Harrisburg telegraph. (Harrisburg, Pa.) 1879-1948, January 22, 1914, Page 10, Image 10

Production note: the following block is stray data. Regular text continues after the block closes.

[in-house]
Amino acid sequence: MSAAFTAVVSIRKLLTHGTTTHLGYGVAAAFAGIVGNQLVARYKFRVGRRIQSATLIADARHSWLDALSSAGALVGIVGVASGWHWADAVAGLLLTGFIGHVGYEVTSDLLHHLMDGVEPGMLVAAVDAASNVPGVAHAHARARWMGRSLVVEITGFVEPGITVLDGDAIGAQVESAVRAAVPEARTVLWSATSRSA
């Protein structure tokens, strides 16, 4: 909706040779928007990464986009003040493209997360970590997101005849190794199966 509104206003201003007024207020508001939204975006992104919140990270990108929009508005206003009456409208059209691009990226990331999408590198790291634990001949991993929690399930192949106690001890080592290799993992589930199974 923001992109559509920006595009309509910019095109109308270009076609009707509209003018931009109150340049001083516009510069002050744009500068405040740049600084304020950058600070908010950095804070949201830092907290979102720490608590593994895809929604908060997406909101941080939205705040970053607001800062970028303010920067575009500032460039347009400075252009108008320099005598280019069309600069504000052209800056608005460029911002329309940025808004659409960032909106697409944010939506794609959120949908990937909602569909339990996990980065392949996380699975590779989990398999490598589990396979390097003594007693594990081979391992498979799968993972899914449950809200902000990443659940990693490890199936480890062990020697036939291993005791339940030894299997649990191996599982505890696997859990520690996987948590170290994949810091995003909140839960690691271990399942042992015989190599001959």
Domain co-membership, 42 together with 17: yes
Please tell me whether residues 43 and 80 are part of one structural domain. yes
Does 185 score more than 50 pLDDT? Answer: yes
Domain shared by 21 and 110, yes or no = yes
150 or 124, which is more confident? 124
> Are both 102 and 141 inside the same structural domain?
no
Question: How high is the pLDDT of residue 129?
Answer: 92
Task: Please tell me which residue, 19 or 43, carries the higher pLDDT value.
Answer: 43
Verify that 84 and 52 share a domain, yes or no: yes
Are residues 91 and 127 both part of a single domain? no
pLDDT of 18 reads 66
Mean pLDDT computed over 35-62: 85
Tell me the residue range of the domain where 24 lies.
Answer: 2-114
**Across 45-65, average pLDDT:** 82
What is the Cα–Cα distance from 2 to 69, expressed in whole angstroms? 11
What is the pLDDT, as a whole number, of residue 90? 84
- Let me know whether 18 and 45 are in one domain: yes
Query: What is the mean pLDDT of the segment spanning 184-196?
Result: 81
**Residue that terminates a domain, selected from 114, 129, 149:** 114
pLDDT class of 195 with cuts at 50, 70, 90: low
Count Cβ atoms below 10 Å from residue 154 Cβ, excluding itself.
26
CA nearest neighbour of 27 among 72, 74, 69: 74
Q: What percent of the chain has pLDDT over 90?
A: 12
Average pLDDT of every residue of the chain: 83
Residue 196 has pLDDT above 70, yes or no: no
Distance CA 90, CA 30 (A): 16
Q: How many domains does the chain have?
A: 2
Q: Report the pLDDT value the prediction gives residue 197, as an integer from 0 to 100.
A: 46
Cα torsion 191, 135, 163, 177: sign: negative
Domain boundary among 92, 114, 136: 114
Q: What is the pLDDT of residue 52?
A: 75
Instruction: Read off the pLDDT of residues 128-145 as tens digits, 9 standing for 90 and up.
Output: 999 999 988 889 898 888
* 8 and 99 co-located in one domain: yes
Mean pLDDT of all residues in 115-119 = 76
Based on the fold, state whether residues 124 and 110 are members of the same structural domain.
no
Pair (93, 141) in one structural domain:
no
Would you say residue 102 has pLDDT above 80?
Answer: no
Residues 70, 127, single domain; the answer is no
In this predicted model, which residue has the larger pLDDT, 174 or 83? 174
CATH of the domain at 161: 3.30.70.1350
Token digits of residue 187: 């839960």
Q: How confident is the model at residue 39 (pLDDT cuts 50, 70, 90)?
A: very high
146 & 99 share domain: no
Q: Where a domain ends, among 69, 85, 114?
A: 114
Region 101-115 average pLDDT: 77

10 IT SALE NOW IN FULL SWING m $5,000 WORTH OF GO D CLEAN CLOTHING, ConHstmg of Men's and Young Men's Suits and Overcoats, Shirts and Trousers for both work or dress, and Shoes for Men, Women and Children _ 00—SALE NOW GOING ON AND WILL CONTINUE UNTIL EVERYTHING IS SOLD—NOTHIHG RESERVED O u i° 3 Sl rf den l , urn of a r ffa Mr " J 31 ? 165 tenner, who has been conducting the Outlet Clothing Manufacturing Company, 404 Walnut Street ™ rrls hurg, Pennsylvania, for the past elevei years, was compelled to go to Baltimore sooner than he expected, still having considerable stock on hand with no time o ispose of same. I, knowing the situation, made an offer for their entire stock, which was accepted. I will therefore place the entire stock on sale at about thirty-five cents on the dollar until everything is sold. if 1- LIPMAN Associated With THE OUTLET CLOTHING COMPANY For Many Years Me «i'm and r?° yS ' Jef ~ , M T S ' F , elt Boots ' while Men ' s Canvas Gloves Men's SIB.OO Overcoats, II Mm'. & Yminir Mon'* I Men's $1250 Black R nvs ' pi T 7TT seys;sl.oo quality, they last, for only per pair, not all sizes, to go at meD S * ,OUn S IWea 8 ChevL Suits for nnlv 3 Fleece " llncd Un " a* $8.44 Suits and Overcoats 5 54.69 ° nly derwear ' Men's Blue Chambray Men's 4-buckle Arctics, Men ' s Blue and Red Men's Trousers, former Af A nv Price B °y s ' Overcoats, former ' Shirts, all sizes, come quick, at ' Handkerchiefs, price $2.00, now going at ' • • prices $6.00 and $7.00, now Men's Wool Hose, Men's Negligee Dress Ai »i i ~ . Men's Fleece-lined Un- Mens Finest Derby Boys Chinchilla Over- Men's Black leud Brown Shirts laree size onlv r C " s Uhuckle Arctics, derW ear Hats, regular $1.75 kind, $4.44 . coats, latest style, with lvien 5 > mack Brown former price 75c m>w former price, $1.25, now 'S7Xt at 77 ~ belt in back, former price Dress Hose > P o^ ' 94<* 940 Men s and Young Men's $7.50, now * 2 * Men's Flannel Shirts Al . „ Suits, formerly $14.50, $3.39 - Men's Dress Ca s 50c " Bo^s ' nee Pants, ome regular S price a $" C SO, all"go 553 mand^SO^kdef 1 I n ° W • ' R " TT~i " Men's Sweater?,, regular I and 75c kind fine ones amongst them, at $3.00 and 8.50 grades, for $6.95 Boys' Suits, values tip to price $1.50, now » 90 830 . *±±2. $4.00, ' Men's Natural Wool " Men's and Young Men's ' Boys' 7sc Sweaters at s Dress Shoes Men's good stout Work- Underwear, while they Suits, regular SIB.OO Boys' $3.00 Norfolk Men's Trousers, regular 3Qc oi-i oi m g Gloves, last, goods, now Suits. Sale price, ly sold for $1.50, now * l<B4 TH $8.44 $1.39 890 .. OUTLET CLOTHING MANUFACTURING COi, "CASCAIFFIS" IF HEADACHY, ma. SHAKY. CONSTIPATED—DIME A BOX Furred Tongue, Bad Taste, Indiges tion, Sallow Skin and Miserable Head aches come from a torpid live: and clogged, constipated bowels, which cause your stomach to become filled with undigested food, which sours and ferments like garbage in a swiil barrel. That's the first step to untold misery WORK WHILE YOU SLEEP. Mrs. Shepard to Serve Dinner to 500 Poor bpectal to The Telegraph New York, Jan. 22.—Mrs. Finley J. Hhepard, wlio was Mtas Helen Miller Gould, to-day celebrated her first wed ding anniversary by Riving cheer to the poor. She will provide dinners for 600 Bowery "breadllners" and beds for 200 homeless. The dinners will be served at the Ifadley Rescue Hall, where a year ago 1,000 were dined by the then Miss .Gould on the evening of her mar riage. The beds also will be furnished through the Hadley Rescue Hall, of |lji^ You can "raise" a loaf of white flour bread with yeast—but you can't "raise" robust American youngsters in that way. The best food for growing boys and girls is SHREDDED WHEAT It contains no yeast, no fats, no chemicals of any kind—just pure whole wheat, steam cooked, shredded and baked. The crisp, brown Biscuits encourage thorough chew ing, which makes them better than por ridges for youngsters. Two Shredded Wheat BUcuiU (heated in the oven to restore cri.pnes.) eaten with hot milk or cream, will supply all the nutriment needed for a half day's work. Deliciously wholesome with baked apples, stewed prune*, weed bananas or other fruits. The Shredded Wheat Company, Niagara Falls, N. Y. THURSDAY EVENING, —foul gases, bad breath, yellow skin, mental fears, everythig that is hor rible and nauseating. A Cascaret to night will straighten you out by morning—a 10-cent box from your druggist will keep your Liver active, Bowels clean, Stomach sweet, Head clear, and make you feel bully for months. Don't forget the children. which John Callahan is superinten dent. Every night during the winter months Hadley Hall furnishes beds for forty men. Arrangements have been made with lodging houses along the Bowery for the 200 extra ones to which those in need of them mav ko after the dinner. MAY WITHDRAW STATE AID New Jan. 22.—1n reporting conditions of Vermont schools, a Carnegie foundation recommended the withdrawal of State aid to colleges and the use of SIOO,OOO annually de voted to them for the establishment of a central administrative system. M'MEEII FIIIS FO GUM II PIM Juniata County Man Will Stay in Penitentiary—Hot Argu ments Made The State Board of Pardons for the second time in four years refused to open the prison doors for William Josiah McMeen, convicted of poison ing his wife in 1886 at Port Royal, announcing last night that it did not deem the case one in which to exer cise clemency. This action was taken after hearing of the application made in behalf of McMeen by Senator E. E. Beidleman had developed pronounced opposition to the recommendation of pardon on the part of District At torney Gray bill, of Juniata counts', who said that the majority of the people of the county would resent pardon. Senator Beidleman declared that McMeen had been a model prisoner since sent to the western penitentiary in 1887 and that there were . grave elements of doubt in the conviction of McMeen and that it was only on circumstantial evidence anyway. The board of 1909 refused to recommend a pardon for McMeen, but last year the present board granted a rehear ing. Senator Beidleman's arguments were attacked by Mr. Graybill, who declared that the people of that county feared the return of McMeen, whom he declared was one of the "sporty" men of the community be fore his conviction and that he was still regarded as "a bad man" by men and women who recalled the tragedy in which he figured twenty-eight years ago. Mr. Graybill recalled in his argument gossip of a quarter of a century past about McMeen, declar ing that the hand of suspicion was still pointed at the man. Senator Beidleman said that the theory was that Mrs. McMeen had killed her self, which Graybill denied. The counsel for McMeen pointed to the fact that the animus shown to be ex- i isting against McMeen was proof to 1 him that he should have had a change i of venue in 1886. Plzzlmenti's Case The case of Bruno Pizzimenti, of this county, struck a snag and was continued. Pizzimenti was sentenced to eighteen years in 1907 for second degree murder and released on pa role in October under the new act. He wanted to get a pardon so that he could leave the county and be free from parole restrictions. His counsel, W. Justin Carter, was told to apply to the inspectors of the penitentiary as they would have the first jurisdiction in the matter. This case will likely establish a precedent. Kudy Gels Out Pardon was recommended for John W. Rudy, convicted in 1888 of the murder of his father in Lancaster county and once sentenced to be hanged. Rudy was granted commu tation in 1890 and was refused par don in 1912. Efforts In his behalf were renewed last year and letters from surviving jurors and attorneys were presented to the board urging mercy. | The board refused to rwcominend commutation of the death sentences of John Erbel, Lycoming county, and Wilmer Potts. Chester. Both men were refused commutation some time ago. Prominent Willlamsport men ap peared In behalf of Erbel, who Is sentenced to be hanger! on February 3. Potts 1M to die on January 27. The hoard voted to recommend commutation for John Payne, Pay ette, sentenced to be hanged on Feb ruary 3 and held under advisement the applications made for commuta tion for Joseph Erjaeviz, Westmore land; George Henderson, Cambria, and John Sushinskle, Schuylkill, who are under sentence of death. The case of Kate Edwards, Berks, who applied for pardon, wan held un der advisement until letters promis ing to care for her are in hand. Other cases acted upon were: Pardons recommended —■ Warren Green, Chester, rape; Clement W. Baker, Fayette, larceny and fraud; Aston Berry, Philadelphia, statutory rape; Stine.v Wuspltcky, Schuylkill manslaughter; Howard P. Mills Northampton, hors® stealing; EHa HARRISBURG TELEGRAPH Satinover, Philadelphia, receiving I stolen goods; Frank Mansfield, alias ; Daniel Glackin, Philadelphia, false pretense; Martin Sudo, Sullivan, as -1 sault. Rehearlngs granted—William Grau man, Lackawanna, forgery, in whose behalf a woman attorney appeared; and Dionino dl Dimitzio, manslaugh ter, Montgomery. Pardons refused—George P. Sloyer, Chester, statutory rape; Howard Har ris, Bedford, second degree murder; John Stenko, Columbia, attempted ex tortion; Eatha Miller, Delaware, man slaughter; William E. Rhode, Mifflin, rape; Hattie Hart, Philadelphia, dis orderly house. Other cases were continued under advisement. Remonstrances Against Licenses in Cumberland Special to The Telegraph Carlisle, Pa.. Jan. 22.—Four remon strances, one signed by over SOO citi zens of Newville, were presented to the Cumberland County Court protest- ! ing against the granting of license at , Newville, New Cumberland, New ( Kingston and Hogestown. Another remonstrance contains 10<S ] signatures and objects to the granting 1 of a license to Mrs. Elizabeth Stewart, , who conducts a hotel in WestFairview. | The remonstrance against the Hoges town, conducted by Frank Bufflngton, . contains 190 signatures. MRS. GOELET SEEKS DIVORCE Special to The Telegraph Newport, It. 1., Jan. 22.—Mrs. Rob ert Goelet, formerly Miss Elsie Whe len, of Philadelphia, applied for a divorce in the Superior Court of New port county. Charges of extreme cruelty were reported to be the basis of the suit. PENSIONS INCREASE Special to The Telegraph Pittsburgh, Jan. 22. Pensions granted to the United States Steel Corporations's retired employes to taled $422,000 in If 13, an increase of $281,000 in two years. TYPOS TO ATTKMJ COWKNTION Ilarrlsburg members of the Typo- I graphical Union are arranging to at i tend the next convention of the Eastern Pennsylvania District convention, to be I held at Allentown, Sunday, February 8. An open meeting will be held by Al- I lentown Typographical Union. No". 524, I Saturday night, when an Illustrated talk will be given. explalninß the vari ous departments of the International I Union. i ADPITTOVAI, SI'XDAY TRAIN VTA BKADIXG RAILWAY Between Harrishurg and New York, 1 commencing January 25th. "HAR -1 RIPnUUG SPECIAL" will run daily, leave New «Y6rk 8.45 a m., arrive , Ilarrlsburg 1.40 p. m.; leave Harris burg 4.35 p. m., arrive New York 9.35 |p. m. Dining car service on this train j Sundays.—Advertisement. FRESH AIR AND HEALTH j Mental work calls an unusual supply i of blood to the brain; the process of digestion calls the blood to the stom ! ach. Brain work immediately after a | hearty meal often causes indigestion because the brain has first call on a I supply of blood that should be helping | the stomach. | Wherever, in the economy of the body, work is to be done there is a de- I mand for bright, red blood. Thin blood or blood dark with Impurities will not do because It is the oxygen carried by the blood that does the work and oxygen-bearing blood is bright and red. This life-sustaining' oxygen is taken up by the blood from 1 the air which It meets In the lungs. ( Hence the great need of fresh air' every hour of the day and night. But fresh air is useless if the blood cannot take up the oxygen which It gives. Dr. Williams' Pink Pills enable the blood to take up more oxygen because they Increase the part of the blood that carries the oxygen. This corrects the .lassitude, palpitation of the heart. shaßy nerves and the pallor that are the results of thin. Impure blood. You must have pure, rich blood to enjoy complete health. A booklet, "Building Up the Blood," will be sent free on request by the Dr. Williams Medicine Co., Schenectady. N. Y. All druggists sell Dr. Williams' Pink Pills. —AdvertUemeht.' , , FIRST PICTURE IWINTICI) IX AMERICA POUND IN MARYLAND Special to The Telegraph Philadelphia, Jan. 22.—What he re trains as the first composition paint ed In America has just been discovered v v, y <s 0 fl /*% u l/ You don't chew your Fl food enough—don't L (A •- 11 create saliva enough. /J \l i '|V\ \ You'll Suffer indiges-. / \ J%A / " tion unless you chew / #fse clean, pure, jr\JI»HL healthful l ! ]« I vJi after every meal. It j makes the digestion- Ifl aiding saliva that uf ( I your gulped food ll'l \\ I —*• I y<&Mm l Enjoy this delicious aid to digestive ease. and purifies breath M Be SI/RE «'s y wmernrs \ AWmr r CAUTION! \ Dishonest persons are \ V> wrapping rank imitations —\ k to look like ctean, punt, \ These will be offered principally fety street fakirs, peddlers and candy d(t- \ partments of some 5 and 10 cent stores. >4aßlfiiv£r Refuse 11161111 6(5 SURE it,s WRIGLEY'S. >§lßil BUY IT BY THE BOX V •' moat dealer*—tor 83 c eirtm. f\ JANUARY 22, 1914. by Charles Henry Hart in Prince George county, Maryland, not far from the District of Columbia. It is an altar piece, picturing the "Last Supper." and is by the first painter who follow ed his art In this country, Gustavus Hesselius, a son of the Sweddish pas- tor who was in charge or Qlcl Swed Church In Southwark. The nlcti was painted in 1722. What has become of the old-faehior prude, who used to rail so about ncai •J dressed women on the stage? Mi than likely she's at home, *eWintr 1 petticoat to the rag man.